From the Foreword: 'Addiction is a disorder in self-regulation. Individuals who become dependent on addictive substances cannot regulate their emotions, self-care, self-esteem, and relationships. In this monumental and illuminating text Philip Flores covers all the reasons why this is so. But it is the domain of interpersonal relations that he makes clear why individuals susceptible to substance use disorders (SUDs) are especially vulnerable. His emphasis on addiction as an attachment disorder is principally important because he provides extensive scholarly and clinical insights as to why certain vulnerable individuals so desperately need to substitute chemical solutions and connections for human ones. The strength of Flores' paradigm of addiction as an attachment disorder is that it is a theory that effectively and wisely guides treatment, but at the same time when properly implemented or practiced, the treatment resonates with and further enhances the theory.
Flores' work here is an extraordinary one because in parsimonious and clear language he makes a major contribution to the literature and practice of effective psychotherapy in general and effective psychotherapy for the addictions in particular. He fills in all the gaps between theory and practice covering wide and ranging issues of what practice and empirical findings have to teach about the critical ingredients of AA, group therapy, and individual psychotherapy. This is a job well-done because it helps students and experienced clinicians alike to always be mindful of how they bring their humanity to the distress and suffering of others. His theory of addiction as an attachment disorder makes is particularly clear how especially important this is for those suffering with addictive disorders. ' -Edward J. Khantzian, M.D., Clinical Professor of Psychiatry, Harvard Medical School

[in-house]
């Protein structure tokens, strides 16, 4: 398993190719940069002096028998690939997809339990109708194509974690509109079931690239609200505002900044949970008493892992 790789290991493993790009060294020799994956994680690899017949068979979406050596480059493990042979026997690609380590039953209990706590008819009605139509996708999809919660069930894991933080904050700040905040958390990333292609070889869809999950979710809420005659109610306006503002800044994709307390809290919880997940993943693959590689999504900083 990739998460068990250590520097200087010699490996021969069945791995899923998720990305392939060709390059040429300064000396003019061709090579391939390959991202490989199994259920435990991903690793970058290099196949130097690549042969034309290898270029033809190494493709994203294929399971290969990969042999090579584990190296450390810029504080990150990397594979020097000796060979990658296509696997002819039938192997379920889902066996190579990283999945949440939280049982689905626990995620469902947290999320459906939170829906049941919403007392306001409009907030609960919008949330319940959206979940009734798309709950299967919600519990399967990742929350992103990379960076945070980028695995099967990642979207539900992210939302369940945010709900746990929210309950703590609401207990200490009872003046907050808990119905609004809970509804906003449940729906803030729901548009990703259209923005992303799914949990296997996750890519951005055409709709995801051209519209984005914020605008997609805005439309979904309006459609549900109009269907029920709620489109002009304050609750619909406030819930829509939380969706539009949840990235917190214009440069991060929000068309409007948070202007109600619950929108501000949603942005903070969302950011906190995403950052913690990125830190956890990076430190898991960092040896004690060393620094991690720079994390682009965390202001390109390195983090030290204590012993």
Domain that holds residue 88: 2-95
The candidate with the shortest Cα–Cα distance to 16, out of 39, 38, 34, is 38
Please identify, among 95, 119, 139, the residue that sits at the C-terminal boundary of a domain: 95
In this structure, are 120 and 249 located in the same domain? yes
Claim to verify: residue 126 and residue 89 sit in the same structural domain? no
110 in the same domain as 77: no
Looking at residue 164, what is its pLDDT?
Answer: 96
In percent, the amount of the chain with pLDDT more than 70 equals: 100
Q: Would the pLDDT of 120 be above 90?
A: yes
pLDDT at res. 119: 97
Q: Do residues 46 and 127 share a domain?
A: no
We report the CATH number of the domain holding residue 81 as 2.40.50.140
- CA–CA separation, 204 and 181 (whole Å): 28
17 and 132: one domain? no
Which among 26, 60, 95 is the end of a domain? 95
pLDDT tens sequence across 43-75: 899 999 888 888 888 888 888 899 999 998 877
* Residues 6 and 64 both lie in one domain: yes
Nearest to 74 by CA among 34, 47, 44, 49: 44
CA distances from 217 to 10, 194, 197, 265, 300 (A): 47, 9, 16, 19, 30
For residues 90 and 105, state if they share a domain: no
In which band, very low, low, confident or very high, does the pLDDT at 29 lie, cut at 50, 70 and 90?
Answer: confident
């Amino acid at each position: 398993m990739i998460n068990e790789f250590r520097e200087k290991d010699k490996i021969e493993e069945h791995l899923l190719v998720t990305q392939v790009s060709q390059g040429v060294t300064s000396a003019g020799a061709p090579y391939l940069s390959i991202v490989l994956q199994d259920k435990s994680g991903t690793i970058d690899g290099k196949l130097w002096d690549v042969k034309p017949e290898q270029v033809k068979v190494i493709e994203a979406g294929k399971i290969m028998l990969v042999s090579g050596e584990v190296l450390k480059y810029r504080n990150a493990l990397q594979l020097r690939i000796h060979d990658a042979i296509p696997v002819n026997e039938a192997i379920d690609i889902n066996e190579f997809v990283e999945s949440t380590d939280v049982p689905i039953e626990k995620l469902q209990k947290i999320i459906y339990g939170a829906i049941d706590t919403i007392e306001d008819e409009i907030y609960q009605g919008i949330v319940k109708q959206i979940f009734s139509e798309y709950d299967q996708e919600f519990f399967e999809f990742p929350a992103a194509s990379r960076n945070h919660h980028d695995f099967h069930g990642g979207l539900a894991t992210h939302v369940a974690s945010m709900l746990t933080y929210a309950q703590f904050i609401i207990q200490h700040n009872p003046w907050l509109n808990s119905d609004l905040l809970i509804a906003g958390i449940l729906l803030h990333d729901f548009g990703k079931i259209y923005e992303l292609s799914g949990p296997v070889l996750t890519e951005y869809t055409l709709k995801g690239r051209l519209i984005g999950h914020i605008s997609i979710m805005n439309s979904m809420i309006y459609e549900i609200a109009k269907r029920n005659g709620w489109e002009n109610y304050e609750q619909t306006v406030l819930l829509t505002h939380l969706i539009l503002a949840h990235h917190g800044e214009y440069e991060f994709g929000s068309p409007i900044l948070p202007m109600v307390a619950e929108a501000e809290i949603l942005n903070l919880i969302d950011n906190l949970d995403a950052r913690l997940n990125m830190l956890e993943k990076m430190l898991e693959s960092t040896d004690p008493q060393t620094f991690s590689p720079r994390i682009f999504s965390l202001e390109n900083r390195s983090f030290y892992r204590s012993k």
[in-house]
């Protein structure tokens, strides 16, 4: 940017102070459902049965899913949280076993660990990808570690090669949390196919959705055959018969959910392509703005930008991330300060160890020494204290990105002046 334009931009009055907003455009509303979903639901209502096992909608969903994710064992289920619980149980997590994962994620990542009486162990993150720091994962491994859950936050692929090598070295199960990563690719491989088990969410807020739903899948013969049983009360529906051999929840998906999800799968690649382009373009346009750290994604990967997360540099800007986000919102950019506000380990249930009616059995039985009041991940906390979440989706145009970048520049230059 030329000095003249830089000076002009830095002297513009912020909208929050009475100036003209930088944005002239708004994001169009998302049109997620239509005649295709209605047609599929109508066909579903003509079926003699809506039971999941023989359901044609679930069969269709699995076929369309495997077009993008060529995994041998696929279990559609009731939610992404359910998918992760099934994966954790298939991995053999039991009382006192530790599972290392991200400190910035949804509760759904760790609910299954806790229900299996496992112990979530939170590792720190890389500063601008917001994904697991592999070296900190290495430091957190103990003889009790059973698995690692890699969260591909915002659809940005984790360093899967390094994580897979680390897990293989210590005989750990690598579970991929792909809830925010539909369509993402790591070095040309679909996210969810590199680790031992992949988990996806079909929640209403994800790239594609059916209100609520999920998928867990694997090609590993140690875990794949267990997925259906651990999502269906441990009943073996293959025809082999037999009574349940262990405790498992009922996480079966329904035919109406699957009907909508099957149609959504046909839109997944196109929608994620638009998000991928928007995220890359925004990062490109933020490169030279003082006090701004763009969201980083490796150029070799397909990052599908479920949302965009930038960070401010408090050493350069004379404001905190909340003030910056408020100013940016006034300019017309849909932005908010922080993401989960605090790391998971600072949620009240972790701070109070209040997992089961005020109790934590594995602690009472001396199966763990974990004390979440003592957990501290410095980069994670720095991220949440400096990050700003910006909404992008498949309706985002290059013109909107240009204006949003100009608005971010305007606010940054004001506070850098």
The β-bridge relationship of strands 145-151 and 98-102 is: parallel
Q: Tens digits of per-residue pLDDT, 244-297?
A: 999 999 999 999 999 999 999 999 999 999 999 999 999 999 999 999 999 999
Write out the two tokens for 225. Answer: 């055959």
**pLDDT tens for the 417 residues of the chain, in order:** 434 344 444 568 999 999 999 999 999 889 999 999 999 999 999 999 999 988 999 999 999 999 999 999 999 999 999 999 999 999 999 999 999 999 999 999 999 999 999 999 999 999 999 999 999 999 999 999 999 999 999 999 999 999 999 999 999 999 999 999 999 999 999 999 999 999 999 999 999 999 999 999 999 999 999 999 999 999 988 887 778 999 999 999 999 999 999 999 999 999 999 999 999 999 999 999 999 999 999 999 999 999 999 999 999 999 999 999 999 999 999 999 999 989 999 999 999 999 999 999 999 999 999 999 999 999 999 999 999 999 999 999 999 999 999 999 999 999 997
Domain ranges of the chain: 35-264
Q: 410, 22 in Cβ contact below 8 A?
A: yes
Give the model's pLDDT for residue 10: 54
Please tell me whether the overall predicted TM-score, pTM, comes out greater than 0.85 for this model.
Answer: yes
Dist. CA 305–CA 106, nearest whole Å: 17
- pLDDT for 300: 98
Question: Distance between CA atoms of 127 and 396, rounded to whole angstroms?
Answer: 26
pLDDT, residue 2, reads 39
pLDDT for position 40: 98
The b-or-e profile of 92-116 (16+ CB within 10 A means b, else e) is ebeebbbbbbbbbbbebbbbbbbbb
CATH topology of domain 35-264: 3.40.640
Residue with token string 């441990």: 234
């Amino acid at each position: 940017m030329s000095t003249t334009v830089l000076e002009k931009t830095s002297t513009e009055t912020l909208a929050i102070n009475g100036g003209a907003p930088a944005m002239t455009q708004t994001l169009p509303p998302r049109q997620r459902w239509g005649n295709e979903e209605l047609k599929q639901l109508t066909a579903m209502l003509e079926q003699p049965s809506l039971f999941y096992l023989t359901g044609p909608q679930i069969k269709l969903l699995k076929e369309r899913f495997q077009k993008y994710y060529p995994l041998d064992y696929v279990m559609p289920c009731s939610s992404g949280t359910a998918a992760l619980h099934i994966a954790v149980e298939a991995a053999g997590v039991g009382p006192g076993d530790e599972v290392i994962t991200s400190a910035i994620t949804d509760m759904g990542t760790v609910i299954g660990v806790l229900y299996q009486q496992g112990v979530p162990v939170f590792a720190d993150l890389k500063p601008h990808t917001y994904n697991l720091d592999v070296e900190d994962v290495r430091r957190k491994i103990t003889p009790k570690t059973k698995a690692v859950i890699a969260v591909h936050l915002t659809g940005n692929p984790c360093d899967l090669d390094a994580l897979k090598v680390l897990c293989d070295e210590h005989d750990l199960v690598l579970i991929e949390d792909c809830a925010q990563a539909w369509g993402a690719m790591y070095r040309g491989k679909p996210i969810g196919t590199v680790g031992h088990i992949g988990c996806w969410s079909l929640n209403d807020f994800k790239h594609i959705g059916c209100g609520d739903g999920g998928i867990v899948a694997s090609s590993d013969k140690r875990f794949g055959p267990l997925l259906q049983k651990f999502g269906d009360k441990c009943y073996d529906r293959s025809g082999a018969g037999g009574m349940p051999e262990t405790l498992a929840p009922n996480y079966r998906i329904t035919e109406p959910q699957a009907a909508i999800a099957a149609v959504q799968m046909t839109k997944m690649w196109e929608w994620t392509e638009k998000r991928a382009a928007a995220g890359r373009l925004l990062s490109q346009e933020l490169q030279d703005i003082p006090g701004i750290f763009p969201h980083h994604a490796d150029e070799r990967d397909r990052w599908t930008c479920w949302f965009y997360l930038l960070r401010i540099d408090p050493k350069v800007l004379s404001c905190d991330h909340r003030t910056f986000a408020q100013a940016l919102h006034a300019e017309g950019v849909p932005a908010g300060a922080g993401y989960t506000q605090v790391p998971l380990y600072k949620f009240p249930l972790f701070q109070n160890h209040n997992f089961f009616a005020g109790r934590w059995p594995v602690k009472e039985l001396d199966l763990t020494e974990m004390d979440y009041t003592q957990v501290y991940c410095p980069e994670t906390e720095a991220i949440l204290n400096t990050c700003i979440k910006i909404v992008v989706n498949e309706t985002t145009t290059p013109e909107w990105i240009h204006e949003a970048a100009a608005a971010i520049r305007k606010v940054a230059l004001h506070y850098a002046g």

Philip J. Flores, PhD, is a clinical psychologist who has worked extensively for the past twenty years in the area of addictive disorders and group therapy. He is a fellow of the American Group Psychotherapy Association and holds a Certificate of Proficiency in the Treatment of Alcohol and Other Psychoactive Substance Use Disorders issued by the American Psychological Association. Dr. Flores is adjunct faculty at Georgia State University and is supervisor of group psychotherapy at Emory University. In addition to his book Group Psychotherapy with Addiction Populations, he has published numerous workshops locally and nationally on these two subjects. Dr. Flores and his wife, Lisa Mahon, Ph.D., continue to run several outpatient psychotherapy groups a week in their private practice.
Chapter 1 Foreword Chapter 2 Addiction as an Attachment Disorder Chapter 3 Substance Abuse as a Consequence of and Solution for Impaired Attachment Relationships Chapter 4 Attachment Theory: Implications for Treatment Chapter 5 Addiction: An Attempt at Self-Repair that Fails Chapter 6 Neurophysiology and Attachment Chapter 7 Avoidant Society: Cultural Roots of Impaired Attachment Chapter 8 Rules for Effective Treatment: An Attachment Perspective Chapter 9 Early Treatment: Creating the Capacity for Attachment Chapter 10 Late-Stage Treatment Issues Chapter 11 Attachment and Group Therapy Chapter 12 Attachment and the Therapeutic Alliance Chapter 13 Addiction and Attachment-Oriented Therapy: Long-Term Implications Chapter 14 Conclusions Chapter 15 References